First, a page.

Hello everyone! Welcome to my first instructable. In this instructable I will show you how to make a program that changes your computer’s desktop to the most recent NASA Image of the Day. These images are always stunning and the program really adds to your desktop appearance.
The NASA Image of the Day is a wonderful source of images from Earth, inside NASA, and distant galaxies. The images are always full of color, and I have yet to see one that does not go perfectly on a 1080p or less display.
This instructable contains directions for Windows 10 and the files included should mostly be usable for other similar operating systems, but it does require Java.
All files are available, open-source, on my GitHub.
I hope you enjoy and learn a lot from my first instructable. If you have any advice for me, I’d love to hear it!
Update 3/27/19: Due to a new Chrome update, using the image slideshow may cause Chrome windows to flicker. This may be solved in future updates, but for now you can set the slideshow time to one day to lower the amount the window flickers. (Solution from Chris N.) If you do set the time to one day, you can ignore the Windows Registry step.
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Step 1: Set Up the Startup Files
Begin by opening your startup folder. Items in this folder will automatically run when you log in. If you won't be turning off your computer often, then you can skip this step and see how to manually schedule the program to run later on in Step 5.
To enter the startup folder, open the run dialog by tying [Windows Key] + R. In the run window that opens, type “shell:startup” without quotes (first image above) then hit enter.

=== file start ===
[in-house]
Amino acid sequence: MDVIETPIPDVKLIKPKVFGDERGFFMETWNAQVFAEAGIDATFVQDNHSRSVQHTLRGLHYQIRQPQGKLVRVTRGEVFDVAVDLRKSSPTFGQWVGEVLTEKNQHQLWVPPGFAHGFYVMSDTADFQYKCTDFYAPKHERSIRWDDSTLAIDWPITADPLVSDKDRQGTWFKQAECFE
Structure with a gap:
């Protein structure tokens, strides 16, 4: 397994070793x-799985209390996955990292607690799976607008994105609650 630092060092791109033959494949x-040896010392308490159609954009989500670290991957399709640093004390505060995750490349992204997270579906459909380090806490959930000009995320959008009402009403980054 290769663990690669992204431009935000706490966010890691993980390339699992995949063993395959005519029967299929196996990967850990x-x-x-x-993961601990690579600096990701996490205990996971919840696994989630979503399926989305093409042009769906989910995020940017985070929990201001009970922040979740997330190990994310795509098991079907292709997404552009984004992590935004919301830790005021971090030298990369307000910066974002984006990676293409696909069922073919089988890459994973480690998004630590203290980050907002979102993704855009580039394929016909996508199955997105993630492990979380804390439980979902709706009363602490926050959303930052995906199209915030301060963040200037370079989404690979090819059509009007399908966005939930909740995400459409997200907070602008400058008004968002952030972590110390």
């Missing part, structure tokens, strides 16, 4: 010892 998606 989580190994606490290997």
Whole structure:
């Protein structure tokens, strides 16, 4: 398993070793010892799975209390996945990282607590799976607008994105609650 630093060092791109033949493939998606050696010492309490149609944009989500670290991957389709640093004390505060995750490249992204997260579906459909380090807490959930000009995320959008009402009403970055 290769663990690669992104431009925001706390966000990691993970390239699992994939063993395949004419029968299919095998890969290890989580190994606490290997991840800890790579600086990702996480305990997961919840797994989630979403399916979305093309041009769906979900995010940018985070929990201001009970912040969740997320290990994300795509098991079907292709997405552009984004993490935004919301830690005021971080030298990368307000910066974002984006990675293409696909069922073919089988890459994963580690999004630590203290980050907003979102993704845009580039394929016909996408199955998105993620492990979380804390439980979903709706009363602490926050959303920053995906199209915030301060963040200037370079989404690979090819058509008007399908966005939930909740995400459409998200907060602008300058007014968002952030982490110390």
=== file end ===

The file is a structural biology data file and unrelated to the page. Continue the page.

Now you can download and move the attached file “DesktopChanger.bat” into startup. This file is programmed to run a .jar file from a folder on your desktop, so once you’ve moved it there, you should right-click the file and click on “Edit” in the menu.
You should now see a Notepad window open with some lines of code. You will need to change the line:
cd “[FOLDER LOCATION]” <br>
(WITH quotes) to include the location of your photo, instead of the placeholder. For example, if you placed the image on a folder in your C drive, you would instead type:
cd “C:/[FOLDER LOCATION]”
(WITH quotes.) If the item is located on a separate drive, include /d at the end of your quoted location, for example:
cd “D:\[FOLDER LOCATION]” /d
(WITH quotes.) You should use an empty folder that already exists, but without any images.
Step 2: Setting Up the Java Jar File
Now we’ll work on the folder you used earlier. If you have not already, then create the folder.
In this folder, you’ll want to include the attached file “Refresh Image.jar,” which is the main code that drives this program. You can find the source code on my github page. Make sure that the [FOLDER LOCATION] specified in the previous step is the exact folder location of the file. You can get the exact location of the file by right-clicking it in Windows Explorer and selecting "Properties," then copying the text listed beside "Location" (as in the images above.)
Now try running the Java file by double-clicking it. If you have Java properly installed, it should run without errors, and two new files named “img.jpg” and “img2.jpg” should pop up. Running it again should keep both files.
Step 3: Change Settings
Now that the files are set up, the only thing left to do is apply the settings. Go to your desktop, right-click, and select “Personalize.” This should open your settings. On Windows 8-10 this will open the Settings window (imaged above,) but on Windows 7 it should open the Control Panel.